Wednesday, September 21, 2005
The Crow's Cry People
Where I grew up in the San Joaquin Valley there was a river called the Kaweah. We've basically lived near that river for five generations. The Kaweah were a subtribe of the Yokuts Indians that populated the Valley before my family arrived with the rest of the onslaught. The Yokuts' name for crow or raven was Kaw or Gaw. The word for cry was weah, so the Kaweah were the "crow's cry people." The Yokuts prided themselves on living in harmony and peace, however the Kaweah were as boisterous and quarrelsome as crows, holding something of the shadow for the Yokuts people. For me crows are messengers bearing something from the deep, dark unconscious into the light of the created world. Whether we want to hear it or not, crows will bring it to our attention. That's probably why many people hate them, because the people don't really want to examine what the crows have to say. Among other things it would be too embarrassing. I've paid attention, though, and the crows have taught me much.
Last week I saw Kurt Vonnegut on The Daily Show. He is a huge old crow, wheezing, rasping, cackling with delight at the words he launches. He described our democracy. "After a hundred years you have to let your slaves go and after a hundred fifty years you can let your women vote. At the beginning of democracy it's ok to have genocide and ethnic cleansing." In the aftermath of Katrina we are rushing to provide needed aid to all the displaced and homeless with promises to rebuild what was destroyed. It's all totally necessary. I can't help but think though, of the genocide of the Native Americans. We have never rebuilt their homes and land and the money spent to rebuild the Gulf Coast will probably be greater than all the money ever spent on Native American welfare. We as Americans never really wrap our minds around this great fact of genocide. We push the things we don't want to know into the dark recesses and submerge them. If anyone brings something to the surface they are called godless or un-American.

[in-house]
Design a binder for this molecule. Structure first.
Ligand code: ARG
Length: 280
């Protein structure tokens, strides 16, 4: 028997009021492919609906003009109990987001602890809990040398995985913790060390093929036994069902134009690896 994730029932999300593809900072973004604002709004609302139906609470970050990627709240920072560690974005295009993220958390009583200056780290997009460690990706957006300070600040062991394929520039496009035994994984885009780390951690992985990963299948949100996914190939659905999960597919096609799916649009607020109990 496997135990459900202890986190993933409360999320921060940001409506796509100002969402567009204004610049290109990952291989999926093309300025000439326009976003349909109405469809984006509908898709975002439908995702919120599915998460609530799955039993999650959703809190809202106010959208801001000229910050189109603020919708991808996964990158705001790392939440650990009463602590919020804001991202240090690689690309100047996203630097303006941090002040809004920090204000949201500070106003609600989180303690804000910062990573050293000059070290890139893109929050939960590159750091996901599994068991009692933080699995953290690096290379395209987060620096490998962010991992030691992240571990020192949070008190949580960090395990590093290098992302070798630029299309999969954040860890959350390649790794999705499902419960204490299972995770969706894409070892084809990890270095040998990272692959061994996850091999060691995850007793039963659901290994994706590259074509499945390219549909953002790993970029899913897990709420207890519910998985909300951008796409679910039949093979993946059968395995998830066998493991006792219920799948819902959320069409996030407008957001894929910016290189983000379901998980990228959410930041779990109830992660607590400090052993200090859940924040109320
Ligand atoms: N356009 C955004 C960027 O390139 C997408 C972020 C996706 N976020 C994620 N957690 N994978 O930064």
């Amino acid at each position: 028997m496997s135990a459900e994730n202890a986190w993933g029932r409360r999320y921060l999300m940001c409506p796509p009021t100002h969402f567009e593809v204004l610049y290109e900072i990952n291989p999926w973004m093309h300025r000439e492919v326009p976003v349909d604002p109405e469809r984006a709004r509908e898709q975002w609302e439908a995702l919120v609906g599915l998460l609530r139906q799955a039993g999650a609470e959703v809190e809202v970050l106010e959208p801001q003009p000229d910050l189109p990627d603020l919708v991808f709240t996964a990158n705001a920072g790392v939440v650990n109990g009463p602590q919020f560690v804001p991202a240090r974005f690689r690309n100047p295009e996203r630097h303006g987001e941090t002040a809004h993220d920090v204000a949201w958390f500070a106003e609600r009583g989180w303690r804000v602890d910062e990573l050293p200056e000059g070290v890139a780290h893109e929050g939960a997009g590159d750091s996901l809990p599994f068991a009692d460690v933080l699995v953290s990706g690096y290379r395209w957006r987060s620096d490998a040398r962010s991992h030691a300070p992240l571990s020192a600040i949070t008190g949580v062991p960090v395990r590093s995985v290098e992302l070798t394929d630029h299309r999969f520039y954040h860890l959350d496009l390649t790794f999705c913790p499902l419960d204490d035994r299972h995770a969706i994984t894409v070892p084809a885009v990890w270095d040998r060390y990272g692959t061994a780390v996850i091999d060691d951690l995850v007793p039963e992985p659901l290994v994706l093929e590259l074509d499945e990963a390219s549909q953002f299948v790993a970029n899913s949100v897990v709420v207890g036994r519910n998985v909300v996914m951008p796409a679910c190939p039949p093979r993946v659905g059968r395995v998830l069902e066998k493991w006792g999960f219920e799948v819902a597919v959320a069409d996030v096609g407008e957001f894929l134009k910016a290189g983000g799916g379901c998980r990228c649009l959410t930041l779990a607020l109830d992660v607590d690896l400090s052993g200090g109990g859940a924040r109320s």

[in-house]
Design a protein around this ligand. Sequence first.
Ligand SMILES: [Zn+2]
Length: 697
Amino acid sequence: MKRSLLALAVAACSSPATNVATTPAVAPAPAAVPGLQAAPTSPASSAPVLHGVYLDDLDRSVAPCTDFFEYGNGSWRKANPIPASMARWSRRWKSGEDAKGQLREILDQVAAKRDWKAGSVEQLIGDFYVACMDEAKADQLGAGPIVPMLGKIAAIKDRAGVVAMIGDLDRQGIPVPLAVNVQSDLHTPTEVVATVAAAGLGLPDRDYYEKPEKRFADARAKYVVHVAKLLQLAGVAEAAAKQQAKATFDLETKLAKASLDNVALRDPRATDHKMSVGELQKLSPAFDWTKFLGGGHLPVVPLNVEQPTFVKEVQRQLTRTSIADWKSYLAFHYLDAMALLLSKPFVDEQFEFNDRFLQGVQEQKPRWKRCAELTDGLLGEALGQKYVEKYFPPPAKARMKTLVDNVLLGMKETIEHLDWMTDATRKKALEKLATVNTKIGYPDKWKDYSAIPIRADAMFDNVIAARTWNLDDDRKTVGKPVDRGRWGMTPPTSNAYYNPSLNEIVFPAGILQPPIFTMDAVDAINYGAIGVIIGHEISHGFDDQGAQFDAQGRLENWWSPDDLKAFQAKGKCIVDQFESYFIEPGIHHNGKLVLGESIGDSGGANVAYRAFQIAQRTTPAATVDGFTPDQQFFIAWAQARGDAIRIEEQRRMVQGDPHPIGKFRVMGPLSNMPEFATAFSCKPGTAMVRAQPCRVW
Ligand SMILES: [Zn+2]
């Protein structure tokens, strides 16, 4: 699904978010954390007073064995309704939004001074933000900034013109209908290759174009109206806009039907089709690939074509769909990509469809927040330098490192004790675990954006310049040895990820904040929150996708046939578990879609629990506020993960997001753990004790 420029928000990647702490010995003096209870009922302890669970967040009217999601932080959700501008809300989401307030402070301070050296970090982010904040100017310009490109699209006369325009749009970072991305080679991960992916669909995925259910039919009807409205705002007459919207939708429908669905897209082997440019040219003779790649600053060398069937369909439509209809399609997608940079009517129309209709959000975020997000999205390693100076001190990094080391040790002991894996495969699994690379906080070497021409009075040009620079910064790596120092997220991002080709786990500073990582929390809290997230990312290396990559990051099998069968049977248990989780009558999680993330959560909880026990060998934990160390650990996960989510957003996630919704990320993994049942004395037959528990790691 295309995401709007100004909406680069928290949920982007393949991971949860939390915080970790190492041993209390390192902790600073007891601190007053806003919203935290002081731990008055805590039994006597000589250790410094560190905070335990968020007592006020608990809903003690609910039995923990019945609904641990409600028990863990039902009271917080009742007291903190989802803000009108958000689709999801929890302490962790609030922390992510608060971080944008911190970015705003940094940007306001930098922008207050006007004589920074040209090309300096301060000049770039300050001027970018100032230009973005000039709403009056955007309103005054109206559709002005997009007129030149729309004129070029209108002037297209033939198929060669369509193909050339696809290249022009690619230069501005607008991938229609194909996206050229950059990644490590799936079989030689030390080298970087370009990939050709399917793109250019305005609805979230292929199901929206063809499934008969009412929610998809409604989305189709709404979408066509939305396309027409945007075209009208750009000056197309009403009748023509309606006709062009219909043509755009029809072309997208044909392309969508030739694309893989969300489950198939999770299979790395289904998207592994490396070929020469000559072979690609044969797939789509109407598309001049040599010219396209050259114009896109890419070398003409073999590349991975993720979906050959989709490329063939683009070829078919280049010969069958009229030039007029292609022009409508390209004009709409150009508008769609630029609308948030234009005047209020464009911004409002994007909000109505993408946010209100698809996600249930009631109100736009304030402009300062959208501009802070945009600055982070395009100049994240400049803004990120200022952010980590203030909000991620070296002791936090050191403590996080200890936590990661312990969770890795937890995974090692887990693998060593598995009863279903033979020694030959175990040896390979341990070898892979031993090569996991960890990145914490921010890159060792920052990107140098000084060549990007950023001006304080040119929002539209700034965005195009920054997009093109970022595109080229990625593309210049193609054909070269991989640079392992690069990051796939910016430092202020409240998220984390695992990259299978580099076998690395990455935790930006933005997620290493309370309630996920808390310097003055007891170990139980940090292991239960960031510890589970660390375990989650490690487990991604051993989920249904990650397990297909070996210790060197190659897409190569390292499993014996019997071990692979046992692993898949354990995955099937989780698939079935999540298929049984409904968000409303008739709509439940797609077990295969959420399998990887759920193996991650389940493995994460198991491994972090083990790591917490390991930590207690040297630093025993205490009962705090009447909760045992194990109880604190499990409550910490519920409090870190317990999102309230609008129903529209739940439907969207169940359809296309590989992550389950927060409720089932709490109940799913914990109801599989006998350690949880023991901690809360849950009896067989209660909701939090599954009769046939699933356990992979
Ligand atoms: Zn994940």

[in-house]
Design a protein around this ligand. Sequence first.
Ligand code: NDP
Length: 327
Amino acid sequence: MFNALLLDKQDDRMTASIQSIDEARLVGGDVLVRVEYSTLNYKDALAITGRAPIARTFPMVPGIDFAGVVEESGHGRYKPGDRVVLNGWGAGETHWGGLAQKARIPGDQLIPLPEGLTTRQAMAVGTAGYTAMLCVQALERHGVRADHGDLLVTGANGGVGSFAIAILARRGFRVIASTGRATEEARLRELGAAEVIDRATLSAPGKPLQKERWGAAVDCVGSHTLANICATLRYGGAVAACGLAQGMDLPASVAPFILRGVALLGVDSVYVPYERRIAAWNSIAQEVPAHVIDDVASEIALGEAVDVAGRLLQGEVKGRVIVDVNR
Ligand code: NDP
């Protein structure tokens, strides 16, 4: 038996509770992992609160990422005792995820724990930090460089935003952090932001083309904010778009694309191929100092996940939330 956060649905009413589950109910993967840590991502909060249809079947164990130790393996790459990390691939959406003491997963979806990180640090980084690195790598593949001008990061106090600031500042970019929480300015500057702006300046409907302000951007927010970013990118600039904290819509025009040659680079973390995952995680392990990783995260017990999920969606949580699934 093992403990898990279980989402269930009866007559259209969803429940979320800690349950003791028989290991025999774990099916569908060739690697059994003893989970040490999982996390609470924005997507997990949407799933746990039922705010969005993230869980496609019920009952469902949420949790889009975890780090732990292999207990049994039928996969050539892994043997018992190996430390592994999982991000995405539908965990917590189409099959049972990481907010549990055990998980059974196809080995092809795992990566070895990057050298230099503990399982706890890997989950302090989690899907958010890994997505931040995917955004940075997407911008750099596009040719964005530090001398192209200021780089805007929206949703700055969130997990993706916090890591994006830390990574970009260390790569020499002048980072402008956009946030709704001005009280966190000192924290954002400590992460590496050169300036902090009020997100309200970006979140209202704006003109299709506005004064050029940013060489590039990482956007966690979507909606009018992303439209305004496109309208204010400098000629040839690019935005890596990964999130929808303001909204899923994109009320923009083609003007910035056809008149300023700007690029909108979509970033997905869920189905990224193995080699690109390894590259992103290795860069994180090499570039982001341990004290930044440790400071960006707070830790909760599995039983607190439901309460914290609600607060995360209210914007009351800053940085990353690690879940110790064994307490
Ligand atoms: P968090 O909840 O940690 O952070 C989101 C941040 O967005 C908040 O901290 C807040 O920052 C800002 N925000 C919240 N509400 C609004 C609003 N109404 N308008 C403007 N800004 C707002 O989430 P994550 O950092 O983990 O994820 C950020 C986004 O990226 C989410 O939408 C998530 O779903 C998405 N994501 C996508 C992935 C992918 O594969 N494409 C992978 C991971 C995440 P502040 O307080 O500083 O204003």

My great-great grandfather settled on the site of a Yokuts village situated at an all year spring in the summer dry foothills of the Sierra. My family is complicit. I have learned to listen to the crows, listen to their dark stories and learn from them. That is my salvation. Sometimes people ask me if I am Native American. The answer is no and yes. No, I am not genetically, but yes, in that I was raised walking the same ground as the Yokuts, listened to the same bird sounds, and learned from the spirits of the place. I am native to this American place. Listening to the stories from the darkness is not Hell, is not the work of the devil. Ignoring them is. That's what creates the world we live in.